Tough Choices for Gov. Arnold Schwarzenegger
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JIM LEHRER: And Spencer Michels has our report from California.
SPOKESMAN: And to raise your right hand.
SPENCER MICHELS: Immediately on taking office this morning in Sacramento, Governor Schwarzenegger pledged to uphold what he called “California’s golden dream by the sea.” He said the task of fixing the state’s huge economic problems was akin to his challenges as a body builder.
GOV. ARNOLD SCHWARZENEGGER, (R) California: I learned something from all these years of lifting and training hard: When I thought I couldn’t lift another ounce of weight, what I learned was that we are always stronger than we know — and California is like that, too. We are stronger than we know. (Applause) There is a massive weight we must lift of our state. Alone I cannot lift it, but together we can. (Applause)
SPENCER MICHELS: Ironically, Schwarzenegger’s first official act will add to that weight. He announced he will immediately repeal an unpopular 300 percent increase in automobile registration fees, which would have raised $4 billion. Starting tomorrow, when the legislature convenes in a special session he has called, Governor Schwarzenegger will begin in earnest attacking the deficit. There is an estimated $15 billion gap between revenue and spending for the budget year ending in 2005, and the governor’s own finance director has estimated it will grow to $62 billion by 2007 if not corrected.
GOV. ARNOLD SCHWARZENEGGER: Thank you very much, and may God bless California. Thank you very much. Thank you.
SPENCER MICHELS: Longtime Sacramento Bee political columnist Dan Walters says the governor’s actions on the budget will be crucial.
DAN WALTERS, Sacramento Bee: If Governor Schwarzenegger can solve the state’s budget crisis, which is monumental, his governorship will be a success. And if he can’t solve it, it will be a failure. It’s as simple as that. It’s huge, it’s what drove Gray Davis out of office, and it can no longer be ignored because it’s eating the state alive.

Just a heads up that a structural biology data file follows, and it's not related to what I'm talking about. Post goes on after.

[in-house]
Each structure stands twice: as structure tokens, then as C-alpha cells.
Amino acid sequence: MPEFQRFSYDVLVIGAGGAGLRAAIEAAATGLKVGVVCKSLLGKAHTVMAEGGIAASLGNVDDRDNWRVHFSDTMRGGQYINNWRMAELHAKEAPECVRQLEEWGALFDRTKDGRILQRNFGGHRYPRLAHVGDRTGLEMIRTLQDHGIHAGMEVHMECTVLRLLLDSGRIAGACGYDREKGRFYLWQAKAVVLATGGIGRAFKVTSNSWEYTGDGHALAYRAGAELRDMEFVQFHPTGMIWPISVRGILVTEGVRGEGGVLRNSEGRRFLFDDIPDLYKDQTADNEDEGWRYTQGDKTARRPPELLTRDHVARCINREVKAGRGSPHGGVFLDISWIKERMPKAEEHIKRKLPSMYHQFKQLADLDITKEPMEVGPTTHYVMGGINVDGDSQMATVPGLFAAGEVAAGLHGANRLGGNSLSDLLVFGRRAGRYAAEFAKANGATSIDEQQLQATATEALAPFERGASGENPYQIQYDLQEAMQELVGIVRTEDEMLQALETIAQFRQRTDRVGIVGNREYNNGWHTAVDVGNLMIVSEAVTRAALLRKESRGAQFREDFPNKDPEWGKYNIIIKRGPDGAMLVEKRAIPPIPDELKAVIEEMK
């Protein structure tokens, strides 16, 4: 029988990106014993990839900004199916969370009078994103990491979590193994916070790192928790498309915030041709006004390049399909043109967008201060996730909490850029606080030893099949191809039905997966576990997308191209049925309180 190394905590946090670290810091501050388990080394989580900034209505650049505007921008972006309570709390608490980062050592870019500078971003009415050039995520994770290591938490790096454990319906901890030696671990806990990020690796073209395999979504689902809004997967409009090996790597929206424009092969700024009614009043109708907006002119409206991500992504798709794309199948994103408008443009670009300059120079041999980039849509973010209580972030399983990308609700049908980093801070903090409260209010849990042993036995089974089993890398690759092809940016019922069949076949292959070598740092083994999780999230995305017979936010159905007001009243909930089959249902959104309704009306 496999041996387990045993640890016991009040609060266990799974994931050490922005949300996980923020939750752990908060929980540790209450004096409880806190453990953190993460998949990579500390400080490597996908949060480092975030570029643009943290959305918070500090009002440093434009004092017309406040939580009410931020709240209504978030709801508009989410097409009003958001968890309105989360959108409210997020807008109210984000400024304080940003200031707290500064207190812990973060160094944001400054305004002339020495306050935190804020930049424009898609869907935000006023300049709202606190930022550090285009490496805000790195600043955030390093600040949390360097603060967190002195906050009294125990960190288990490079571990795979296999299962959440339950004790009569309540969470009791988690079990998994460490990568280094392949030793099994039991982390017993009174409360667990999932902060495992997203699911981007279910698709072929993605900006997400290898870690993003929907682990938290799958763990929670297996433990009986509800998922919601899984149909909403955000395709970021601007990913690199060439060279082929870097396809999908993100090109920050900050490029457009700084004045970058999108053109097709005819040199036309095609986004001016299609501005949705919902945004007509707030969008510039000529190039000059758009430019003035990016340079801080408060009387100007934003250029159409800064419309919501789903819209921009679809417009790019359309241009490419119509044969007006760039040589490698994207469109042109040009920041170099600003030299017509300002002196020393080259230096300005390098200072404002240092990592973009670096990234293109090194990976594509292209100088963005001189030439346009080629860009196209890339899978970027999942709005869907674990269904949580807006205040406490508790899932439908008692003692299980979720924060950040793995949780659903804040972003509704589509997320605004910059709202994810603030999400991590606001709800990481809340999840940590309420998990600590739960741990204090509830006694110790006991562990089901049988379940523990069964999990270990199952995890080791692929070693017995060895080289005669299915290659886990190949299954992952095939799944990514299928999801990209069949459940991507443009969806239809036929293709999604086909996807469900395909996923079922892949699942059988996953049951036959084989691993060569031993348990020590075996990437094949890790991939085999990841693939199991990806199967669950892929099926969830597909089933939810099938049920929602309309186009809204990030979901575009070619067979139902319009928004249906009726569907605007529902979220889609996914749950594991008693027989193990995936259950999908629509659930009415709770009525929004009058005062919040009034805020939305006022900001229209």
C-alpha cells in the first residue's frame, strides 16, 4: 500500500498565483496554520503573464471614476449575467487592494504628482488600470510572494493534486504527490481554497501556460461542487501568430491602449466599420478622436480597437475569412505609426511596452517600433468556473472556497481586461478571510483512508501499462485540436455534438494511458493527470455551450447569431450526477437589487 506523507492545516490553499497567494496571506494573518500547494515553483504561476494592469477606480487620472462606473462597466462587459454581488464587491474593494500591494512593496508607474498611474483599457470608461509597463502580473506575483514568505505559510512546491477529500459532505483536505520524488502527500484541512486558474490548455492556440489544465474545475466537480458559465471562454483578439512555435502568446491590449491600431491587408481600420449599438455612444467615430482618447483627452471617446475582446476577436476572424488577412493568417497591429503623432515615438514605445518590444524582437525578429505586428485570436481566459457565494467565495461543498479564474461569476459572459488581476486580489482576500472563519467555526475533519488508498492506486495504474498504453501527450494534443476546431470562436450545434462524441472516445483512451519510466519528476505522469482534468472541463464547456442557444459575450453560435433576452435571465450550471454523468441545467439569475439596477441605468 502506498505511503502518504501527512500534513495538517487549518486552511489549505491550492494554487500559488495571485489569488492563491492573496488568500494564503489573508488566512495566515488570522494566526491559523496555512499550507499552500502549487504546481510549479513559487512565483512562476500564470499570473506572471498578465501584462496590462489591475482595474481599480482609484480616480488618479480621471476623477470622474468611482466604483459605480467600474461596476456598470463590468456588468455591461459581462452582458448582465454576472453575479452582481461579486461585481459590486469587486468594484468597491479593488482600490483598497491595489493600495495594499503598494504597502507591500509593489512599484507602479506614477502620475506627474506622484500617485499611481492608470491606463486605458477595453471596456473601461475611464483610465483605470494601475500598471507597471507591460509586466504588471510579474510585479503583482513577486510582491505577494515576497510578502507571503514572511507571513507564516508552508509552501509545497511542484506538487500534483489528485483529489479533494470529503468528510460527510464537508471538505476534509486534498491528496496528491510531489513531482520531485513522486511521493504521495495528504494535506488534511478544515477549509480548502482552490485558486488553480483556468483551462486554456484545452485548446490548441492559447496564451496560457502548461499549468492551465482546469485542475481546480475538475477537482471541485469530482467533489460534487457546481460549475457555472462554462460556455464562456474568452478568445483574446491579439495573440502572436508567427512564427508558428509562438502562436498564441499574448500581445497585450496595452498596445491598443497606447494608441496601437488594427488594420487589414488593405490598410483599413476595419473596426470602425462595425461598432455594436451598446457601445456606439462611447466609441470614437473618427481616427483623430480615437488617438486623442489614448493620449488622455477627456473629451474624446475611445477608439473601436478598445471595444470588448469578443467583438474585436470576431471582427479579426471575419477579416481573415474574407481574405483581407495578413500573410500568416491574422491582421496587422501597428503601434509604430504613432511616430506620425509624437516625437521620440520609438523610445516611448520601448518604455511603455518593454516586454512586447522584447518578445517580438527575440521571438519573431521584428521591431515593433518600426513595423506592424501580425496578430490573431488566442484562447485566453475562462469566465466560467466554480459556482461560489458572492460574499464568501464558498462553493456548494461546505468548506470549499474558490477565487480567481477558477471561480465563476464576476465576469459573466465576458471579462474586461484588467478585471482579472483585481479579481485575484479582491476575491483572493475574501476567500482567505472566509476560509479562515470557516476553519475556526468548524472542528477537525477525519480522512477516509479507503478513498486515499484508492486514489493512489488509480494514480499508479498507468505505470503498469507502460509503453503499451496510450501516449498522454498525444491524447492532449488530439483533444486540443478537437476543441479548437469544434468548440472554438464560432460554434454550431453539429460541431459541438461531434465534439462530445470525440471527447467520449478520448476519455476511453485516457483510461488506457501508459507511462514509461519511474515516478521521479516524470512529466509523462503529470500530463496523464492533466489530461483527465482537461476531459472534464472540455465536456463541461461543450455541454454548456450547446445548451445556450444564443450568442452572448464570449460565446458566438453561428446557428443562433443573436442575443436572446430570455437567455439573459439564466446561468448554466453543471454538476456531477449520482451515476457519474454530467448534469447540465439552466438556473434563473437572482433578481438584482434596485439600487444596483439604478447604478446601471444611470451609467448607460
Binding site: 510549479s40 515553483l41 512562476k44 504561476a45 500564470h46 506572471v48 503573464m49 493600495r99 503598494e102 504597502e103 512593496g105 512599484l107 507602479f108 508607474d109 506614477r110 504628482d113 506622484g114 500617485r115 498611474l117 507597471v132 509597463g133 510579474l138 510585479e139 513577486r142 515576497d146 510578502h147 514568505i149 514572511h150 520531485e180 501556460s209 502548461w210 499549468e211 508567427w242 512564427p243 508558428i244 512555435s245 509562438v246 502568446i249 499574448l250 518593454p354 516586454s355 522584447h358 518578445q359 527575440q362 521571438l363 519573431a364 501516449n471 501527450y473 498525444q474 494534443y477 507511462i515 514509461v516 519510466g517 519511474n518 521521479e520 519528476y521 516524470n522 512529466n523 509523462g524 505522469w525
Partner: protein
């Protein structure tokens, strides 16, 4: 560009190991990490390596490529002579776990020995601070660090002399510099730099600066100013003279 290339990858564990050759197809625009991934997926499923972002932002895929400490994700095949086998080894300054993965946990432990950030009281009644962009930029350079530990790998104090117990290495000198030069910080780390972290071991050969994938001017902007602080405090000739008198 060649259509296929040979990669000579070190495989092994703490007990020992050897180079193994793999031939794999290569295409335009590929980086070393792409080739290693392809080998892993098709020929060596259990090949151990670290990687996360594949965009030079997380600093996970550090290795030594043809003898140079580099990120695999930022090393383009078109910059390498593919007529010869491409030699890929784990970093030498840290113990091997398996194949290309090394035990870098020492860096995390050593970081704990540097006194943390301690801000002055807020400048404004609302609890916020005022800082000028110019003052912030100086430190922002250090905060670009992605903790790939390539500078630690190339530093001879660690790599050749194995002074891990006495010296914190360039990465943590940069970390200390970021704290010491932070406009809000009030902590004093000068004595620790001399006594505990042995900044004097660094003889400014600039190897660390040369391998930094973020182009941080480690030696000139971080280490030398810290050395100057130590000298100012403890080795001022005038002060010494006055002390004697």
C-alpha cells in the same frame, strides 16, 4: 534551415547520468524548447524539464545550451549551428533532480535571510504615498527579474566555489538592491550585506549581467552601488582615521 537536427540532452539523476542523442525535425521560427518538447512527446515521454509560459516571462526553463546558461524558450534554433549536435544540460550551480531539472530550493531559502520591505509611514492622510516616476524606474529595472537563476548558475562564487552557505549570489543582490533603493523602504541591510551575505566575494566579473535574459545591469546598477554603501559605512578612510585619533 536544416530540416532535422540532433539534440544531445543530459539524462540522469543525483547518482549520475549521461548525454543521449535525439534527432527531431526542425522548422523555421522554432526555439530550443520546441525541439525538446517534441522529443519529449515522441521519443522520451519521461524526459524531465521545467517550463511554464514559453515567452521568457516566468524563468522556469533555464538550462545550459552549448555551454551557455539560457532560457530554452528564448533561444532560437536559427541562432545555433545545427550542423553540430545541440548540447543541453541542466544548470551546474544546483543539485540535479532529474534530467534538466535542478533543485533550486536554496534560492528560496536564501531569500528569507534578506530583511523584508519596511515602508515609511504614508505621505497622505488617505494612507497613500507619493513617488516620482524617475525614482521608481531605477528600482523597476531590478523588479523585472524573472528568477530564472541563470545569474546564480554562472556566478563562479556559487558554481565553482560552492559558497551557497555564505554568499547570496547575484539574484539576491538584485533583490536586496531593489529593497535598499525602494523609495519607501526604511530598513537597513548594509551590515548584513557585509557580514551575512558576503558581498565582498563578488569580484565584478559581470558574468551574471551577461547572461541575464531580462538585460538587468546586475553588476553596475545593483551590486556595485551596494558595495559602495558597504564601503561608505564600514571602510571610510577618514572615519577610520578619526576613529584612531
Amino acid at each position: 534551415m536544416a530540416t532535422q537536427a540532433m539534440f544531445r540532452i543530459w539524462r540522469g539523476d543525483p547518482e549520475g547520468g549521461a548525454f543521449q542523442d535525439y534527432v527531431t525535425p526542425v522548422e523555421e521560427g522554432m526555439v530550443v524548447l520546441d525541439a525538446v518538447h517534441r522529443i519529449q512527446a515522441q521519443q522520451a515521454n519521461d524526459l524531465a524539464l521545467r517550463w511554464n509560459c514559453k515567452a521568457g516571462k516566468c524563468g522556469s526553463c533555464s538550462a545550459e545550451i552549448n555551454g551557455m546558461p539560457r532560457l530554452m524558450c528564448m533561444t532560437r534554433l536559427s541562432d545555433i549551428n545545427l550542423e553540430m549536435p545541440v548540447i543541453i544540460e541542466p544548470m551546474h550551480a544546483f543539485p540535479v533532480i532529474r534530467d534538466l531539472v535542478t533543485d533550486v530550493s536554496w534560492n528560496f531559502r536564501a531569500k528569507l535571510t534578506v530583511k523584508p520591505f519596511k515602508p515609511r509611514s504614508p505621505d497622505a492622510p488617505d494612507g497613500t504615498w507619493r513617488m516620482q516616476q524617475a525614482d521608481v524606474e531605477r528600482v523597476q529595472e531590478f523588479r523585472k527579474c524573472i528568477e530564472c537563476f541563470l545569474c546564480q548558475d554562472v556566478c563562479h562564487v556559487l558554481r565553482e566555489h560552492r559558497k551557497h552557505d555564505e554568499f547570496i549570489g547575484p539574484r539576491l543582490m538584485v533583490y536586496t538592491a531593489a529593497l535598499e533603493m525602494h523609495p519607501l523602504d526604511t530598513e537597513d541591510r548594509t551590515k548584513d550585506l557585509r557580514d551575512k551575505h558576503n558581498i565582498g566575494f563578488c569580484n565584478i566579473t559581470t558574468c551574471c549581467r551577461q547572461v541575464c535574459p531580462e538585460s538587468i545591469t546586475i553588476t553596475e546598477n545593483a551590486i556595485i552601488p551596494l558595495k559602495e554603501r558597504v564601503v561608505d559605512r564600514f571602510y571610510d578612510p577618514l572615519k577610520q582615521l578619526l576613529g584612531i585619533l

SPENCER MICHELS: From the moment last august when he jumped into the race, Schwarzenegger has been asked for specifics as to how he would solve the state’s financial problems.
GOV. ARNOLD SCHWARZENEGGER: We have in Sacramento a warehouse full of specifics now, and look what happened. What you need is leadership. That’s what is missing.
SPENCER MICHELS: Specifics have only been hinted at thus far. Once elected, Schwarzenegger quickly appointed Donna Arduin, Florida’s finance director, to the same post in California, and told her to audit the state budget.
GOV. ARNOLD SCHWARZENEGGER: Open up the books and let the people look inside, let the sun shine in. That’s what we want to do here. And there is a lot of waste that we will find.
SPENCER MICHELS: In Florida, Arduin helped the governor cut taxes, but also cut social services. In California, Schwarzenegger has indicated all along that cuts of some sort are in the cards.